First Impressions: SOMA New Xpress Tires

In the world of bicycle tires, there is rarely such a thing as a “free lunch.”  Puncture resistance often comes at the expense of ride quality and light weight.  Faster-rolling tires usually don’t last as long, and can sometimes be more prone to flats or cuts.  For riders who want a blend of performance and durability and reliability, SOMA Fabrications offers the New Xpress tire.

Made in Japan by Panaracer, the New Xpress utilizes the same micro-tread as the company’s popular Pasela tire.  The New Xpress comes in steel- and folding-bead versions, and is available 26″, 650B, and 700C sizes.  The 700×32 (folding) samples that I received measured 30.5mm wide (mounted on 23mm rims) and weighed 420g each.  Suggested retail for the blackwall, folding-bead model is $44.99/each.

To help reduce punctures and cuts, New Xpress tires feature a HyperTex-reinforced casing.  SOMA claims that HyperTex is more flexible than Kevlar (for a smoother ride), but still strong enough to improve durability and reliability.  In my testing I found that the HyperTexvcasing felt stiffer than a plain skinwall, but didn’t have the harsh ride found on more heavily-armored tires.  I noticed that the reinforced casings enabled the use of lower pressures without resulting in a squirmy feel (which was especially welcome when riding off-road and in snow).

GRAVELBIKE.com SOMA New Xpress tire kevlar puncture Panaracer Pasela
HyperTex layer runs bead-to-bead for added protection.

Over the past several weeks, I’ve ridden the SOMAs on pavement, dirt roads and trails, and yes, gravel.  Transitioning between the different surfaces proved to be no problem.  A few of those rides included snow and ice, and the tires performed surprisingly well–especially when I dropped the pressure to 40psi front and 50psi rear.  And while it’s hard to predict how long the tires will last, the high-carbon rubber shows very little wear thus far.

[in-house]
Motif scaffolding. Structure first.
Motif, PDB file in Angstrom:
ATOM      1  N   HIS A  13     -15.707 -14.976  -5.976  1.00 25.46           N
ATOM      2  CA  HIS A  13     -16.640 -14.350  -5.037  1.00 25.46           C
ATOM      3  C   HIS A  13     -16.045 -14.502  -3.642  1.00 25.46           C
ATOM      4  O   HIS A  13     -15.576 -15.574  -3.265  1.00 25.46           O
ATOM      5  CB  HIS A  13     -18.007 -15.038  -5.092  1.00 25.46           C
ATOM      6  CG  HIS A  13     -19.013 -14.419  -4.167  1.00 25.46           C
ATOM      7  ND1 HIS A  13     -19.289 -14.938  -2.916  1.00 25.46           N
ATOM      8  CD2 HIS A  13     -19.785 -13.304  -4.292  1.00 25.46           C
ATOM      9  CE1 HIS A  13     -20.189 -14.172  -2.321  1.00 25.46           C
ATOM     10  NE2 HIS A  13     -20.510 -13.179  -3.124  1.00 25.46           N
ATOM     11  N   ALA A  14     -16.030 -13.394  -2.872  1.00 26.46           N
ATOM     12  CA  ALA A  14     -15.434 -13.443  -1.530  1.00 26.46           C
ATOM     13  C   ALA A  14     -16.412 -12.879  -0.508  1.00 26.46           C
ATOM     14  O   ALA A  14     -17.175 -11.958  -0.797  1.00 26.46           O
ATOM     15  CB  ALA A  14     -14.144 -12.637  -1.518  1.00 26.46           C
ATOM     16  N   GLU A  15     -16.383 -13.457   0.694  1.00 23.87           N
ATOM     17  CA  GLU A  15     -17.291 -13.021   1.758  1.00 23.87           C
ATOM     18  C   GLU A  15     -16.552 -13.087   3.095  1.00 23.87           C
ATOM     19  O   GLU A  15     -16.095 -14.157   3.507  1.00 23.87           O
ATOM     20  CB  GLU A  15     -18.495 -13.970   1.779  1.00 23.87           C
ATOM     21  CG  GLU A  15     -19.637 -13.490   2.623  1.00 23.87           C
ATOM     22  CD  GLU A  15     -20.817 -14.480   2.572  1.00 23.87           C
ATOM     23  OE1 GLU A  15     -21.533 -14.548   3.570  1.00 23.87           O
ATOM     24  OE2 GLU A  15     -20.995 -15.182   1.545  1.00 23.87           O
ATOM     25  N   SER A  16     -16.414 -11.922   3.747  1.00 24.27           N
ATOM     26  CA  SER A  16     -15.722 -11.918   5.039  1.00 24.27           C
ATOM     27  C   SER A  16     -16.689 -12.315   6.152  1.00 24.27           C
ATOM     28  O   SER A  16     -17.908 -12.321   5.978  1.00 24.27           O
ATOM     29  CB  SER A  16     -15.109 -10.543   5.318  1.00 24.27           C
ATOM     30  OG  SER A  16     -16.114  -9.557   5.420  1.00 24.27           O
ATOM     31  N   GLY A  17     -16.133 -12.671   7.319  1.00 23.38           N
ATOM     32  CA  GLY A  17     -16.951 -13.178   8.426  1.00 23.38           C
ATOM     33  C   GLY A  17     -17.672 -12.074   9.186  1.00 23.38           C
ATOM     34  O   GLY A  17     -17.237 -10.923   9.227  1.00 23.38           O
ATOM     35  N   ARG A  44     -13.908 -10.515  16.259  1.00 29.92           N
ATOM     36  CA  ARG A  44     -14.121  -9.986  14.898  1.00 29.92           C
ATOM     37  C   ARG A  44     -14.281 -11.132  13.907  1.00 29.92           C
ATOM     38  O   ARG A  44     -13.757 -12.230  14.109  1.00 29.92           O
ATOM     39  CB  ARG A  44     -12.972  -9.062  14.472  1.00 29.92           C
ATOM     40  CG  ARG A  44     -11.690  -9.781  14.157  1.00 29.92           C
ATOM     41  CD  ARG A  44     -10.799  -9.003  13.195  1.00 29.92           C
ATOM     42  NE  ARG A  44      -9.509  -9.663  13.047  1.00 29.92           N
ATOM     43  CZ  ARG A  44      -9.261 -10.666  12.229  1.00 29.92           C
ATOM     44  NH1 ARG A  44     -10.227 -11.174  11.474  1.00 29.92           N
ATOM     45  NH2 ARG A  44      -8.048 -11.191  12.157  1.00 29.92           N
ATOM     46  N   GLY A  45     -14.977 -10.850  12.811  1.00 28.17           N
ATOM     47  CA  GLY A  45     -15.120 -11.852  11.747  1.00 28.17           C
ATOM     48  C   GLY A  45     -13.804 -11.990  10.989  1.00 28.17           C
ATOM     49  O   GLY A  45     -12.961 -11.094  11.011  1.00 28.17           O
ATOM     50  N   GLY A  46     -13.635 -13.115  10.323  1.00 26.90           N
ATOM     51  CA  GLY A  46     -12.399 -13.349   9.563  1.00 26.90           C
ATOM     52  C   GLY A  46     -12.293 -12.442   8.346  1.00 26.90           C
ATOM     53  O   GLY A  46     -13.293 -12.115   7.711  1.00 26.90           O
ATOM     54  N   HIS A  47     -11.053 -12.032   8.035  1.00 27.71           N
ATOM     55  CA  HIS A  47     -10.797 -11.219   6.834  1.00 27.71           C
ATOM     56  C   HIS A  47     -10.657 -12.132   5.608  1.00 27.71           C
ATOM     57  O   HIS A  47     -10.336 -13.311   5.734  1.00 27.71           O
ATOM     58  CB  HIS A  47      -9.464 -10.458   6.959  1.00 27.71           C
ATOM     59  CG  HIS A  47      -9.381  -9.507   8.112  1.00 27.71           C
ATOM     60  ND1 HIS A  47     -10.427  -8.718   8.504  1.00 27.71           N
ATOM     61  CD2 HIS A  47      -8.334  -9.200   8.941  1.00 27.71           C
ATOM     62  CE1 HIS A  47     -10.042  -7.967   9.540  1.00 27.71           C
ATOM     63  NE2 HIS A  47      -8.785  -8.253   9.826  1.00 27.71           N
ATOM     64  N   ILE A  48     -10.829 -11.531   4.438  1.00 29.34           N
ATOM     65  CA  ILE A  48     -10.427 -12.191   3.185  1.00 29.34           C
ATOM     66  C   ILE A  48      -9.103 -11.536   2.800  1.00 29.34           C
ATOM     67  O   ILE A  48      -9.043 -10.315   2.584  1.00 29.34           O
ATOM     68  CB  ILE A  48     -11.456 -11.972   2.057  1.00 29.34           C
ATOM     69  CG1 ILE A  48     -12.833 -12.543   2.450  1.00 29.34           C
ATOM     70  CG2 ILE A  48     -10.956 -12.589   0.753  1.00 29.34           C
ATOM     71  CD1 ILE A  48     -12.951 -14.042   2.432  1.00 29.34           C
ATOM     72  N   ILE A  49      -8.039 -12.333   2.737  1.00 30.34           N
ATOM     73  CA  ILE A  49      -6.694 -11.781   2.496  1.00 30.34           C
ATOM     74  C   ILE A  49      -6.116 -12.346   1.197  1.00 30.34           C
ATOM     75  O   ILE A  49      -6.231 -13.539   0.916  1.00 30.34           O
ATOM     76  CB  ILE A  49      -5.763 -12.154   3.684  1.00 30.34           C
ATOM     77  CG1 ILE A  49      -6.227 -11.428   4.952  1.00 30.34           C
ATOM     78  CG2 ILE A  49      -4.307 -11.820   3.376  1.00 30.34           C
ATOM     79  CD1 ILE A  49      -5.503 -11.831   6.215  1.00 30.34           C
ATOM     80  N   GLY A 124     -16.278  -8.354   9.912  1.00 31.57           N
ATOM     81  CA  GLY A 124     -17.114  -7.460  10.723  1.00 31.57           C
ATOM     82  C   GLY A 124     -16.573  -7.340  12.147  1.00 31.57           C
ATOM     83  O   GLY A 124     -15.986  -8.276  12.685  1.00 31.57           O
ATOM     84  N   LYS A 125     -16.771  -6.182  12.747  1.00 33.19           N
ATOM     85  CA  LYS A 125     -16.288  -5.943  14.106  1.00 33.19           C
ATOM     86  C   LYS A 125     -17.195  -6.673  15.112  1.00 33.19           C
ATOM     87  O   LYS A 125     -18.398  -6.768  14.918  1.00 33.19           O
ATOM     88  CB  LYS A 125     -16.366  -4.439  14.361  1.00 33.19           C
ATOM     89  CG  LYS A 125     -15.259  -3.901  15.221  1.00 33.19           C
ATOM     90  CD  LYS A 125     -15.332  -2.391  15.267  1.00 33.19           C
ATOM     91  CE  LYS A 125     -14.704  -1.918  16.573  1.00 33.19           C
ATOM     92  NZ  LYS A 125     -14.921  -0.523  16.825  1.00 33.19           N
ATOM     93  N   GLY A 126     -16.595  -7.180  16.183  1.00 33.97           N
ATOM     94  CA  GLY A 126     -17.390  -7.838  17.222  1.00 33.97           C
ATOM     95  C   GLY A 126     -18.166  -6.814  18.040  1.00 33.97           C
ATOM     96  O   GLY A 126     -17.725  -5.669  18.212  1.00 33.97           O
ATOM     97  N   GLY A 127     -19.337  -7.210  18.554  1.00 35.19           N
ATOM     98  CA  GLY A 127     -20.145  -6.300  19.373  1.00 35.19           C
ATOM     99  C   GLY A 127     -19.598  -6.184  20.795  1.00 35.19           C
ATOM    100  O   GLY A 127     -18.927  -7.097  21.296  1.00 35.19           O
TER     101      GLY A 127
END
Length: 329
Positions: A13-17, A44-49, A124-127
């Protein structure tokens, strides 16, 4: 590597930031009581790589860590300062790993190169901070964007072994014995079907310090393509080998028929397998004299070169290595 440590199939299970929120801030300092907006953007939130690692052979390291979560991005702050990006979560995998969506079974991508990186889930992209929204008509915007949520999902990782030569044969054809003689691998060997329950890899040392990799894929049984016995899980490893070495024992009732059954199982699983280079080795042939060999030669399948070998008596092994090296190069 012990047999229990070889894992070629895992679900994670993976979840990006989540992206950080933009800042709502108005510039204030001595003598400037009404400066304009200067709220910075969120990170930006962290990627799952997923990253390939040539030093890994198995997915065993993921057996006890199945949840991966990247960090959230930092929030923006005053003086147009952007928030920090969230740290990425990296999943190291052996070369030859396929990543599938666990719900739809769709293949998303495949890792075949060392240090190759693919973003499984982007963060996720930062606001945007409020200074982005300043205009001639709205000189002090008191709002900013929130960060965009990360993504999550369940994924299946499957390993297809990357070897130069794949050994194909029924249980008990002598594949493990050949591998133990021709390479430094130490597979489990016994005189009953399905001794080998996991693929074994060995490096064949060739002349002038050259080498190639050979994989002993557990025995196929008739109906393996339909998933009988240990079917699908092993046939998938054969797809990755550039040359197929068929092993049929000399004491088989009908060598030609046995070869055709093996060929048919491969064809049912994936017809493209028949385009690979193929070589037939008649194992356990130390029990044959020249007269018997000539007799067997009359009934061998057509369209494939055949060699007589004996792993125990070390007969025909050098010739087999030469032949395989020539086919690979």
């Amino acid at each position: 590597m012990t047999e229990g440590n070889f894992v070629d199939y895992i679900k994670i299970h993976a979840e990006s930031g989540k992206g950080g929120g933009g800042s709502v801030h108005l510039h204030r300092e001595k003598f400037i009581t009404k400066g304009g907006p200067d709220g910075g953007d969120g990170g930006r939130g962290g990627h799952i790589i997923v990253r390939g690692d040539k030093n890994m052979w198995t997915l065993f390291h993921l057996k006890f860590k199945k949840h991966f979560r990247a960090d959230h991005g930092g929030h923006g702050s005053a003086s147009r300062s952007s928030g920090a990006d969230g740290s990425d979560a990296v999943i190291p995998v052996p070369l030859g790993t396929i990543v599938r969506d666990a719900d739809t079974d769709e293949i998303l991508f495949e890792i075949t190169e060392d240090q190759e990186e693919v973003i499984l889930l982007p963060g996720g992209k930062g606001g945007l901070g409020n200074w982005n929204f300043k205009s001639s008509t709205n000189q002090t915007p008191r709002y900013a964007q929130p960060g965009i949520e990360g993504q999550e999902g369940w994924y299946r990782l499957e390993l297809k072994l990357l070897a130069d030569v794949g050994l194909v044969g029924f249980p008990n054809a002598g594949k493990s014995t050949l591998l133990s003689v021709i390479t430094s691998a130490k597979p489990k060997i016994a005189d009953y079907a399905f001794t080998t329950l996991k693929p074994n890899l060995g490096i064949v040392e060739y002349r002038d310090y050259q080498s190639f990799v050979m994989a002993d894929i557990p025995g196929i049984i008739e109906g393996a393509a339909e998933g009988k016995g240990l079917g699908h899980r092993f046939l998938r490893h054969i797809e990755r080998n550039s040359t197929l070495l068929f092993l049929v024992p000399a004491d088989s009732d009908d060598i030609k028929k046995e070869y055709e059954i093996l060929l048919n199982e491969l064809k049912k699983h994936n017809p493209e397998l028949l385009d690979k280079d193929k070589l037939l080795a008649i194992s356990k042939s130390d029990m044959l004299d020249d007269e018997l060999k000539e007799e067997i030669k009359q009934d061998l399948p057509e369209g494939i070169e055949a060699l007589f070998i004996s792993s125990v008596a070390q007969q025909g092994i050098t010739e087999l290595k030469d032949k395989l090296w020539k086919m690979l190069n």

GRAVELBIKE.com SOMA New Xpress Panaracer Pasela Salsa Vaya
Testing the New Xpress tires during a Front Range snow storm.

The New Xpress tires do a fine job of balancing performance and reliability.  I found the latter especially reassuring when commuting in sub-freezing temps before and after dark (but I would opt for the version with reflective sidewalls for increased visibility).

Disclosure: SOMA Fabrications provided review samples for this article, but offered no other form of compensation for this review.

4 thoughts on “First Impressions: SOMA New Xpress Tires

  1. I have 700×35 New Xpress on my Saga, they measure at least 1 mm bigger on
    DT TK7.1 rims than Pasala 700×35 TG on CR-18 The New Xpress Somas seem to ride a bit nicer

  2. I followed a link here that suggested that the Soma Xpress tires did in fact have a dynamo strip. Is this a detail you know to be true? I was unable to get Marathons through the dealer I use, and have these tires ordered. I am looking forward to them, but I have a drum dyno, and am hoping they will work.

    1. The tires that I reviewed (which I’m still happily riding) have the standard Pasela tread/rubber, so there’s no dynamo strip.

  3. I have had the Soma Express (folding bead) on my commuter (H+ Sons archetype rims) for 6 months, about 1400 miles. They ride smoothly over the choppy pavement, grip well in the wet, and have very good roll for a 35×700. The rear showed some reasonable wear after 1200 miles – fine crosshatching mostly gone. I run them at 80PSI and the ride is very comfortable, directionally stable, and confident in the corners. The only negative I have is that they flat more than most tires I have run – Gatorskins, Bontrager Race Lites, and Panaracer Gravel Kings. That could be me, my roads, or just good old standard deviation. I got them for $16 each on a close-out sale, so I can’t really complain. Even at full price, they are a good value.

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